At its heart, the role of marketing is simple, but crucial to a businesses growth.
There’s two things any decent marketing strategy has to do. Number one is to bring new customers and number two is to grow and retain existing customers.
If we look at marketing through this framework it’s much easier to hone down and concentrate marketing efforts to deliver results. And it’s why all marketing, in essence, should be Customer Lifecycle Marketing.
According to HubSpot, the customer lifecycle refers to the process of prospects becoming aware of a product, making a purchase from a brand, and ideally becoming a company’s longtime customer.
The following stages of the customer lifecycle are most commonly used:-
Reach. The first opportunity for a brand to reach a potential customer whilst they are in the early research stages.
Acquisition. Initial contact is made by the prospect, whether it’s a website visit or enquiry.
Conversion. The prospect makes their initial purchase, officially becoming a customer.
Retention. Maintaining engagement and offering the customer a positive experience so they keep purchasing from you.
Loyalty. By building a positive relationship, the customer makes repeat purchases and becomes an advocate for the brand.
These stages are a fantastic starting point for understanding customer lifecycle marketing. The next step is customer lifecycle journey mapping. This involves creating a visual representation of the ideal journey your customer takes from the first time they interact with you through to – hopefully – becoming loyal, repeat customers and brand advocates.
As leading SAP company Emarsys say: “A customer journey map does not end with a purchase or onboarding. Instead, it also identifies critical stages within the customer lifecycle so that you can find ways to increase engagement and maximize your revenue. A customer journey map not only reveals ways to attract new buyers, but it guides you toward making the most of the business opportunities you already have.”
In order to create a customer lifecycle journey map, you should take the following essential steps:
Start by asking yourself who your dream customers are. What do they look like? What are they interested in? What platforms do they engage with? What are their likes and dislikes? Knowledge is power and the more you know about your ideal customer the better you’ll be able to tailor your communication – like your email marketing – towards them.
Let’s look at this in the context of email marketing. First off, what makes your prospects or customers part with their email addresses? How do they become subscribers? It could be anything from running through competition through to downloading guides, whitepapers or resources from your website. Once you understand how you best capture their data, you can then identify what convert your prospects into paying customers.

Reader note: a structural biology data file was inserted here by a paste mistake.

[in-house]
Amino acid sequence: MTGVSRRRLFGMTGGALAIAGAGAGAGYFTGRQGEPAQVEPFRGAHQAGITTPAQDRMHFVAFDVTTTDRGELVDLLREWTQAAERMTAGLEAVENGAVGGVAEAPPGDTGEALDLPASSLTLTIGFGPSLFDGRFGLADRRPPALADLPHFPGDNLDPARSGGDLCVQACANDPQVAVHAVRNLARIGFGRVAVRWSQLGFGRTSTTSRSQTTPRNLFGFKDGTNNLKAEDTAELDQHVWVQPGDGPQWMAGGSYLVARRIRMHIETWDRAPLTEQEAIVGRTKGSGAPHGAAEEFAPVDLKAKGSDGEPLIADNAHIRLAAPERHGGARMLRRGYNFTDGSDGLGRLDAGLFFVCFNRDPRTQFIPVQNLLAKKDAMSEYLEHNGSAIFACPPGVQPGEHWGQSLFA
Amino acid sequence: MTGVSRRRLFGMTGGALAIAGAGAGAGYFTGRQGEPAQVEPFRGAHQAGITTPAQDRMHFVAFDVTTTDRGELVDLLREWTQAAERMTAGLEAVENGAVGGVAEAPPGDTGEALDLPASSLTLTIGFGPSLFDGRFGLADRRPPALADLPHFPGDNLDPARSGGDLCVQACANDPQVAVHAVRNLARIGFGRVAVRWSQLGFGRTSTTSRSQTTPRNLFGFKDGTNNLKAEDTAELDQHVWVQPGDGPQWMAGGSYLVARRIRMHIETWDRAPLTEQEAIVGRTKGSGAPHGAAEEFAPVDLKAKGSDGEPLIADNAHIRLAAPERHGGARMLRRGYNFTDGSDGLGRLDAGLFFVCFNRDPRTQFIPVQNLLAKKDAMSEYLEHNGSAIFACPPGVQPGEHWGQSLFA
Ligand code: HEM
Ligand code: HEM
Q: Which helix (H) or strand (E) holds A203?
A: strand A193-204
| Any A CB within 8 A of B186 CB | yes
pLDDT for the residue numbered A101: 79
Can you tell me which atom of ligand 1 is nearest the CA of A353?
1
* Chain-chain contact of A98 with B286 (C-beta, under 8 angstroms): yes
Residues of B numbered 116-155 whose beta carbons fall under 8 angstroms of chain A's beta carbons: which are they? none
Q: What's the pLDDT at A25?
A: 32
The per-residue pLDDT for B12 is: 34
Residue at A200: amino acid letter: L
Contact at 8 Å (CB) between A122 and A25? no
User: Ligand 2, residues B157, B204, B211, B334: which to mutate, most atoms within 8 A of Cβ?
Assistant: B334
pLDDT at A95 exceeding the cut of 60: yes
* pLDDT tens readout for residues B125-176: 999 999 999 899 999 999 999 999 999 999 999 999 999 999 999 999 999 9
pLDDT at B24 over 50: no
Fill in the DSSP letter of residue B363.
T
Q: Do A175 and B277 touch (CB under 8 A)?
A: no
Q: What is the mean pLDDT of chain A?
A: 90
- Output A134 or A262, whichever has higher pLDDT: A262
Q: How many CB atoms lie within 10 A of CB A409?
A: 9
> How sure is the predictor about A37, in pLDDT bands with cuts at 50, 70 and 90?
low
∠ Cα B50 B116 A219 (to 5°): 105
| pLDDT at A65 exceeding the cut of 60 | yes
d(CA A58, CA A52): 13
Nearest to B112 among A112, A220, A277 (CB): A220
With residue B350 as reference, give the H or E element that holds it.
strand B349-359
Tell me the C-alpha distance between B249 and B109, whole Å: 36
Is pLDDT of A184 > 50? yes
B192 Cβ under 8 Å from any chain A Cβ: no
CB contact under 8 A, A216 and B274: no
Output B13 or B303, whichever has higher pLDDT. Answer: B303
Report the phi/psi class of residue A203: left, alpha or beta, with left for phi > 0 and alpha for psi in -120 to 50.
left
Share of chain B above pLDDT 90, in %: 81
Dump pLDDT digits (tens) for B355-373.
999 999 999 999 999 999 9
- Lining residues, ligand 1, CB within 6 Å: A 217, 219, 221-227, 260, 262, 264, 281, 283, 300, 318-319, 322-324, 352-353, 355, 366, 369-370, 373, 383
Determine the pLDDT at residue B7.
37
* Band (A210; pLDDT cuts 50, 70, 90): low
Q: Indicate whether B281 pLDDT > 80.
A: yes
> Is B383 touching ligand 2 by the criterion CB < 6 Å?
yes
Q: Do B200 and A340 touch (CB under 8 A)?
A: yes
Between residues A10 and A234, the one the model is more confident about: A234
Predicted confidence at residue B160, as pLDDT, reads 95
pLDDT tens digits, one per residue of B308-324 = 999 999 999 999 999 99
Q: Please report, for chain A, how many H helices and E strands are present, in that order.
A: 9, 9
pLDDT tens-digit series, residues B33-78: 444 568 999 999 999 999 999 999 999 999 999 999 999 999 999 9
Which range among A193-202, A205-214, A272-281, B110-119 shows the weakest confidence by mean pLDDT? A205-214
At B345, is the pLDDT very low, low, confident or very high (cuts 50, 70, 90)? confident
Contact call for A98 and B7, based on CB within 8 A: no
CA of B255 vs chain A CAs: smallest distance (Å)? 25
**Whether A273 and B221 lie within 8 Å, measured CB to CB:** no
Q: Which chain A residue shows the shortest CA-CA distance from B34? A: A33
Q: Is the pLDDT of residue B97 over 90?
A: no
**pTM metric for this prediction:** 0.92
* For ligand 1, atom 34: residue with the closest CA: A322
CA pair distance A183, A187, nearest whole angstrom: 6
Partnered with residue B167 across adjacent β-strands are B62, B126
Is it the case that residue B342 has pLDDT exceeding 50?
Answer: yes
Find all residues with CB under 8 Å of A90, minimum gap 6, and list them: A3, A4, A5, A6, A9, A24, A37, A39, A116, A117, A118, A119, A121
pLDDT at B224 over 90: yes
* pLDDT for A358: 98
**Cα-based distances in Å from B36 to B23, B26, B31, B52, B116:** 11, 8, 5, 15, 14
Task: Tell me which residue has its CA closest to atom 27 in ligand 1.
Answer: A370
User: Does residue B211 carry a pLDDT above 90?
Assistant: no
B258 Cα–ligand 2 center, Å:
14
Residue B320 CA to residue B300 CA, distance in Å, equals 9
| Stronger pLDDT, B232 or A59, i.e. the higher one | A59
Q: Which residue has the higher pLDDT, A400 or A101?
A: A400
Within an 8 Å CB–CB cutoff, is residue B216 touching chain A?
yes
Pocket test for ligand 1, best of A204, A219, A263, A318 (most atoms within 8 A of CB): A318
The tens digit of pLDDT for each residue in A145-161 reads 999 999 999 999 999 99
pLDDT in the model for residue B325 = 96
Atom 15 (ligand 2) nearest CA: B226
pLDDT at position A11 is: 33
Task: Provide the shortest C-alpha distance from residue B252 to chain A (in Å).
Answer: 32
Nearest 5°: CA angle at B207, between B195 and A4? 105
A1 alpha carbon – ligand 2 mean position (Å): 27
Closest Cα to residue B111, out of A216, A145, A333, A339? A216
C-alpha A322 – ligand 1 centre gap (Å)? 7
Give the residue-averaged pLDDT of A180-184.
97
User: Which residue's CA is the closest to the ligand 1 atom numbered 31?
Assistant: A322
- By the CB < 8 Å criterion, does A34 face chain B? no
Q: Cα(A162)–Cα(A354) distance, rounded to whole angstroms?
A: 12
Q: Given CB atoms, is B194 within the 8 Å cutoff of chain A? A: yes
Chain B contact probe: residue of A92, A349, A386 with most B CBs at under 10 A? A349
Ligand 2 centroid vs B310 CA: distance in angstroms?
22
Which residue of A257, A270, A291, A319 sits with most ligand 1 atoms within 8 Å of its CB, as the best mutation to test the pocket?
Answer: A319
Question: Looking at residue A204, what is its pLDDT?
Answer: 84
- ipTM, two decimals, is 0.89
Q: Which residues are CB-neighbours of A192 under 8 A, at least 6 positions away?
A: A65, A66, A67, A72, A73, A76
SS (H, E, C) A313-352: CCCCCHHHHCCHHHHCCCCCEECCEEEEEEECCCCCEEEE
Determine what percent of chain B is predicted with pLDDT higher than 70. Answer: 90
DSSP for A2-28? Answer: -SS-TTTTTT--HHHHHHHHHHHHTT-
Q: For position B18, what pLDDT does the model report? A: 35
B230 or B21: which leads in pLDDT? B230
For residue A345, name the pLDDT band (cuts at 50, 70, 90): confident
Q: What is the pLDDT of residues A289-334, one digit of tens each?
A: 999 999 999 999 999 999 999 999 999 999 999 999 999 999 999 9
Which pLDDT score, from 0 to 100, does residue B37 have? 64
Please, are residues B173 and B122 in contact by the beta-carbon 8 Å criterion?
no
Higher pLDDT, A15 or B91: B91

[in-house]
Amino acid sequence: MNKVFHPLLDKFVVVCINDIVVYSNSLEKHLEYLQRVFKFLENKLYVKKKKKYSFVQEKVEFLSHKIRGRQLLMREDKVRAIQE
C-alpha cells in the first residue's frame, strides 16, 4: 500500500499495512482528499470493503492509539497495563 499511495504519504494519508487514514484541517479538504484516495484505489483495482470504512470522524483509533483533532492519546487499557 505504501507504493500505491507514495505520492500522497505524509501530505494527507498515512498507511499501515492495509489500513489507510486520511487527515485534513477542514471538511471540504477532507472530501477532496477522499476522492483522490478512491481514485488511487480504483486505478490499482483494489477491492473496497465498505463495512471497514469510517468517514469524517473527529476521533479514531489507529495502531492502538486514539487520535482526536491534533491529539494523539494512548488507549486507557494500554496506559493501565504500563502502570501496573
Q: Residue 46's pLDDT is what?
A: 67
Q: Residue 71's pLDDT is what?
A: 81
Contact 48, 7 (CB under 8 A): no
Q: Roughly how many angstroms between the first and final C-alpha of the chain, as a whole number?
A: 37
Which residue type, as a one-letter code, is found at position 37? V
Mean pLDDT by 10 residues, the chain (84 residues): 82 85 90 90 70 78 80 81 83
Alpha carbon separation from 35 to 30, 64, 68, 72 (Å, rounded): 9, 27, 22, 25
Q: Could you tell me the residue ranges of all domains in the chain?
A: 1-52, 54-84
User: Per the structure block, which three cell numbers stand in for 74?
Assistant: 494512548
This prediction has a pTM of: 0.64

Again this will vary depending on the business but once you have a better understanding of conversions and conversion rates you can map this out so you understand where your customers are on their journey and what needs to happen for them to take the next steps.
This step is crucial because it often goes by the wayside. The way you communicate with your customers after they buy from you will lay the groundwork for building loyalty and driving repeat business. Afterall, it costs 5 times more to attract new customers than to retain existing ones. So, it’s important to keep your customers happy and build loyalty at every opportunity.
Take the example of a hotel. An automated email can be triggered 24 hours after the customer’s departure date. This email is a perfect opportunity to both add a personal touch to your communication and sow the seeds for repeat business. For example, it should ask them if they enjoyed their stay and that the hotel can’t wait to see them again. It should also include a link to a review site which could be incentivised by offering them a discounted rate on their next booking.
It’s after this that email marketing really comes into its own in lifecycle marketing. After a customer has purchased from you, you should have an even greater understanding of what their preferences are. This means you can personalise and tailor your ongoing communication with them accordingly.
We’re not just talking about first name personalisation either. Instead, utilise demographic, behavioural, and purchase data to offer highly targeted email content. For instance, in-store promotions based on their location, abandoned basket reminders, or recommended products based on past purchases.
Losing customers happens, it’s part of life. But if you can pinpoint when a customer becomes at risk of churning, you can then hone your email marketing to mitigate this risk. For example, if a customer hasn’t engaged with an email from you in more than 6 months, it’s the perfect time to send a reactivation campaign to them. It’s why reactivating customers has to form part of any serious email marketing strategy. Whether it’s a hook, like a deep discount, or a simple ‘We miss you’ email, you can re-engage up to 45% of your customers with an effective re-activation email programme.
Once you have a clear map of your customer lifecycle journey you’ll be in a much stronger position to create an effective email marketing strategy that gives the ROI you want to see.
We know it can also be hard (and overwhelming) to know where to start with an email marketing strategy. That’s where we come in.
Outsourcing your email marketing – or even small parts of it – will build the perfect foundations for incredible email marketing programmes to be built on. With the right agency at your side can give you the time, capacity and expertise you need to ensure your email marketing program delivers the results you want time and time again.
If you want to find out more about outsourcing your email marketing, we’d love to help.